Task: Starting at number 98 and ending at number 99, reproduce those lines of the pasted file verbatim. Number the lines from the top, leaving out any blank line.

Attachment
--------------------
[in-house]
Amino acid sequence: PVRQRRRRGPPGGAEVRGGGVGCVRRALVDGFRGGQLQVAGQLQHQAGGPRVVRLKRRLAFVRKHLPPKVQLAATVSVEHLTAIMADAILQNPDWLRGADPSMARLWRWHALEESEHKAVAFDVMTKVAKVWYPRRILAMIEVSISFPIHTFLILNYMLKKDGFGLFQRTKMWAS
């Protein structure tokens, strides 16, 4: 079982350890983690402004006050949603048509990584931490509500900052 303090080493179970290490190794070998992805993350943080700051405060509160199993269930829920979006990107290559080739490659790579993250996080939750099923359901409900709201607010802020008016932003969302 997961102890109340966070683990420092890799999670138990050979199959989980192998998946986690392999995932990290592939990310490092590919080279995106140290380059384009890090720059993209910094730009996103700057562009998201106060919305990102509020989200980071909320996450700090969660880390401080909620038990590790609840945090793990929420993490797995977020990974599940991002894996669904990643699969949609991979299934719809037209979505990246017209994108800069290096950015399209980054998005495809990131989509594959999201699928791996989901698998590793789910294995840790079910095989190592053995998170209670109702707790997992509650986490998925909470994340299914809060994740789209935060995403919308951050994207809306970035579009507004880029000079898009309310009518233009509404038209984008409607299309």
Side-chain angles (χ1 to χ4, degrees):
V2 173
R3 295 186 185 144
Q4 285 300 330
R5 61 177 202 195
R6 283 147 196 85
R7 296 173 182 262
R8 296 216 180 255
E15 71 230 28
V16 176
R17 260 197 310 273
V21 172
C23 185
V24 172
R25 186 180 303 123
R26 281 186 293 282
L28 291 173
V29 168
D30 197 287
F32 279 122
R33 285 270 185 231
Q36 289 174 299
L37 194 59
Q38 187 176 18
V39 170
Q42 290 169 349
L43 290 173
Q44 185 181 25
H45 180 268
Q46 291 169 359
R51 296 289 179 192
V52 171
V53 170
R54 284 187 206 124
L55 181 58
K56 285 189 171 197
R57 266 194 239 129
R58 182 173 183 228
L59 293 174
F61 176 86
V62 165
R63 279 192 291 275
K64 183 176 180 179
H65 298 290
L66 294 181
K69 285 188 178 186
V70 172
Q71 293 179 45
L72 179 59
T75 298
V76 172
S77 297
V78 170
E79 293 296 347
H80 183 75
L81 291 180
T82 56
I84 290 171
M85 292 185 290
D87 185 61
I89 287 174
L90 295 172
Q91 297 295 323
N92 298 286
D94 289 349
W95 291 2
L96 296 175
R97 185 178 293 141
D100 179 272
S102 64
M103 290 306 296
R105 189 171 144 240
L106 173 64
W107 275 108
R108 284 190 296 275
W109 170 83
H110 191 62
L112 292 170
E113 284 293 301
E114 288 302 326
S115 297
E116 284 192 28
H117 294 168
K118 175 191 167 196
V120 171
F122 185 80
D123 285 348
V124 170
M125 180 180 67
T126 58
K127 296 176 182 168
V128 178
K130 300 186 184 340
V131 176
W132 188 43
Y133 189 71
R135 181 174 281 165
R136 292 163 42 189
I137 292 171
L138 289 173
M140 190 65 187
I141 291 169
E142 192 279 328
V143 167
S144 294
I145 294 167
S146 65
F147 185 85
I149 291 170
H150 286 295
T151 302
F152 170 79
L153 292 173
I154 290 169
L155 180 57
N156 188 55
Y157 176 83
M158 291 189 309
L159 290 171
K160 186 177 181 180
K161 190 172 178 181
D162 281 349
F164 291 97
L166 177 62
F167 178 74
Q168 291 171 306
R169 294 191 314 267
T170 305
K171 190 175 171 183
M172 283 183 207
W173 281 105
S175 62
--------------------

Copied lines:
W132 188 43
Y133 189 71